Take the myth of Orpheus and Eurydice, place it in the Bronx in 2020, add the post-traumatic stress of having survived two catastrophic hurricanes in Puerto Rico and an imaginary friend/demon who takes toxic love to a whole new level, and you enter the world of Rivera’s new book. Prepare, however, to encounter both the best of literary traditions and the richness of that retelling steeped in the folktales of Afro-Caribbean myth with some solid feminist twists to remind young women who, ultimately, will save them. There is something in this for every young adult!
When Nnmadi's father, the police chief of a town in Nigeria, is murdered, Nnmadi vows to exact revenge, but what is a twelve-year-old boy to do? Desperate for answers, he follows a mysterious man into the shadows of the night and is given the Ikenga, an ancient statue that gives Nnmadi great strength, but with the Ikenga come only the instructions that he must be calm and focused when using its powers. Quickly Nnamadi learns that making the world better is more complex than it seemed, and responsibility walks with power. An intimate, exciting vision of modern Nigeria and what it means to come of age all wrapped up in a wonderful adventure story for kids who love superheroes!
Part historical fiction, part girl empowerment, this is the utterly engaging story of four girls living in a "school for the feeble-minded" in 1920's Massachusetts. London has been in and out of the foster care system since she was discovered wandering in the streets as a toddler, but she's found shelter with a tough old woman, Thelma, until the cops take her away to the home, deem her an imbecile, and condemn her to life within the school. Maxine's mother placed both she and her sister Rose into the school because of something Maxine did, but Maxine's purpose now is to protect Rose at all costs and hope that her mother comes to get them. Alice has a club foot, and her brother could not afford to keep her. Prepare to enter the wards of this school, with all of its prejudices and completely incorrect diagnosis, through the eyes of four girls who, like everyone else, wish for purpose, love, and freedom. Incredible, empowering and enlightening!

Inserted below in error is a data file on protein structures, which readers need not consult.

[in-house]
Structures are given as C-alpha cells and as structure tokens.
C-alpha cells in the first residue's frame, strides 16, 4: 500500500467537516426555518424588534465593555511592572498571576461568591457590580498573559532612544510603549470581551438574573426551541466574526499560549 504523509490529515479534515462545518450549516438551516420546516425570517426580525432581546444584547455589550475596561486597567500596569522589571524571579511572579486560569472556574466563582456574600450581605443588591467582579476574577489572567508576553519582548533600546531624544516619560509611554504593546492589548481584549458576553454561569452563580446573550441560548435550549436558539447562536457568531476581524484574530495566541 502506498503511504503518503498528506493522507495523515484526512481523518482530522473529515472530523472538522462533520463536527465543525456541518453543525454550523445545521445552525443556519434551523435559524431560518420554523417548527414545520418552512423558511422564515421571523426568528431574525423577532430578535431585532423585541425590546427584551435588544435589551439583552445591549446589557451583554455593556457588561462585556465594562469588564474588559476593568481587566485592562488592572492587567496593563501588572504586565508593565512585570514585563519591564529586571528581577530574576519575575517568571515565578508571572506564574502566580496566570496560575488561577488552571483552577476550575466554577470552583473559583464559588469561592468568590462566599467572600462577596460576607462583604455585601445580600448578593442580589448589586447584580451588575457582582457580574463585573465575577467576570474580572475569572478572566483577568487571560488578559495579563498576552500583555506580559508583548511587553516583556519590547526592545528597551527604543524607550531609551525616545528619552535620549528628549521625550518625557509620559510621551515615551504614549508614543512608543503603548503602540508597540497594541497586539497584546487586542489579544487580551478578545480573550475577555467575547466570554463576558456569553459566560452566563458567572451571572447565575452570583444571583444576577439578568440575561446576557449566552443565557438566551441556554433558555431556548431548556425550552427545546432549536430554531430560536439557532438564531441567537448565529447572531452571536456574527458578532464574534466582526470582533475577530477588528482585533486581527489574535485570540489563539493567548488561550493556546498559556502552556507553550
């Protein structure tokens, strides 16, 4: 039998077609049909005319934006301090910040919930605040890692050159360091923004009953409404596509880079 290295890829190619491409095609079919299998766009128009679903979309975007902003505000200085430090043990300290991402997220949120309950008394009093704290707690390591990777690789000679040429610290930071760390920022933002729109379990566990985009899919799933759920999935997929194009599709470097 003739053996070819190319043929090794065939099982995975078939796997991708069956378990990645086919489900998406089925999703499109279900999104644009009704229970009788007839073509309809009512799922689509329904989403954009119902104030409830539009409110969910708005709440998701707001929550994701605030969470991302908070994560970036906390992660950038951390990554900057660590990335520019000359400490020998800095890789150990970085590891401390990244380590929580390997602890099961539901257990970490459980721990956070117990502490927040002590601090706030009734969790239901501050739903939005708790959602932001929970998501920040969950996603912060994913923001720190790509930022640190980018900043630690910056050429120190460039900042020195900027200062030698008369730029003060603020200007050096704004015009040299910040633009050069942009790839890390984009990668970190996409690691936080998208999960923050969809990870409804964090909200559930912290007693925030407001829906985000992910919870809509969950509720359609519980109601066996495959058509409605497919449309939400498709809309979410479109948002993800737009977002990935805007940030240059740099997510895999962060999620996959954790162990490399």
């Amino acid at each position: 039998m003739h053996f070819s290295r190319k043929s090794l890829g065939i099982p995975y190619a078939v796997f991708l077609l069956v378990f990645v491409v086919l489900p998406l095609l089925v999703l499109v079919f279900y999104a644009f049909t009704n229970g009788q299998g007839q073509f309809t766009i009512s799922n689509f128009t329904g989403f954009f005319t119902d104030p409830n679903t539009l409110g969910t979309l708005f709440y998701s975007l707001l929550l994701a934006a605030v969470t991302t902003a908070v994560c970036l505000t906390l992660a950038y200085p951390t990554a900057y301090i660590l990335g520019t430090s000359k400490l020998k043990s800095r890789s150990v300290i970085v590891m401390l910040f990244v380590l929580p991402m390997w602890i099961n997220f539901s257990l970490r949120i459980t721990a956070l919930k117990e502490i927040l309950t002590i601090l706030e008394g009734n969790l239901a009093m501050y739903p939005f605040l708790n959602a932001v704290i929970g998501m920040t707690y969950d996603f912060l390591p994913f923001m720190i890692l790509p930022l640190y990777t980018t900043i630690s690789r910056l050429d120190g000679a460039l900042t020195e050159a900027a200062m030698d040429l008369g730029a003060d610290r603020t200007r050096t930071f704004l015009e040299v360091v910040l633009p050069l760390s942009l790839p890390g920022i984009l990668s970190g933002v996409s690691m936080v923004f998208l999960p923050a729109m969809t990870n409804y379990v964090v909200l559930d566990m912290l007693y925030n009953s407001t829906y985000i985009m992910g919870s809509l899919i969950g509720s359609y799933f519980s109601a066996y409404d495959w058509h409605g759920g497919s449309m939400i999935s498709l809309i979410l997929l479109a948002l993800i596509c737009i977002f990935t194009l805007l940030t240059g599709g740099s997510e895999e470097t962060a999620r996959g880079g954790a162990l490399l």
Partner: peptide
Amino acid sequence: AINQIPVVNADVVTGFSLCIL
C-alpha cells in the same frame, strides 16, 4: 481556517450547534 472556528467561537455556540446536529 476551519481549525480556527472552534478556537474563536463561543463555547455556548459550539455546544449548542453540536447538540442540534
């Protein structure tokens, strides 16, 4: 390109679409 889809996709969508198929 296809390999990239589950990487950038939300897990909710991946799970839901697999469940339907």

Stamped From the Beginning is the brilliant, courageous history of racism in the U.S., and Ibram X. Kendi has put it into the hands of Jason Reynolds, a writer whose respect for kids and young adults draws readers powerfully to him. Reynolds has remixed Stamped so that kids can understand, define, and explain the racism they swim through daily as well as the historical framework that makes it so powerful. In order to fight racism we need to understand it, not as rooted in ignorance and hatred, but as an insidiously woven justification of some of the ugliest policies and perceptions rearing their scaly heads continuously throughout United States history. Read this book (it's not just for kids!); then gift it to a friend, a student, a teacher, a principal, a school board member. Go to your school board, suggest it - no, demand it - as a One Community/One Read. Then continue on to our City Council. There is hope within these pages but only with a commitment to understand, acknowledge, and work to change.
Within these pages, Cisneros offers us a gift. He intended the gift for his daughter who asked why people in this country don't want people like her here, but this book is a gift to parents, to educators, to children who in seeing the "issue" of immigration through the eyes of a middle school kid may finally understand the depth of the crisis. Efren navigates the halls of middle school as does any other bright, kind student, but his family is poor and his parents are undocumented, so when his mother is caught in an ICE raid at a local market and sent back to Mexico, everything changes, and Efren and his family struggle to find a way to be whole again. No matter what you think you know, please read this book. It is a beautifully told story powerfully relevant to conversations and actions we must have to regain our humanity.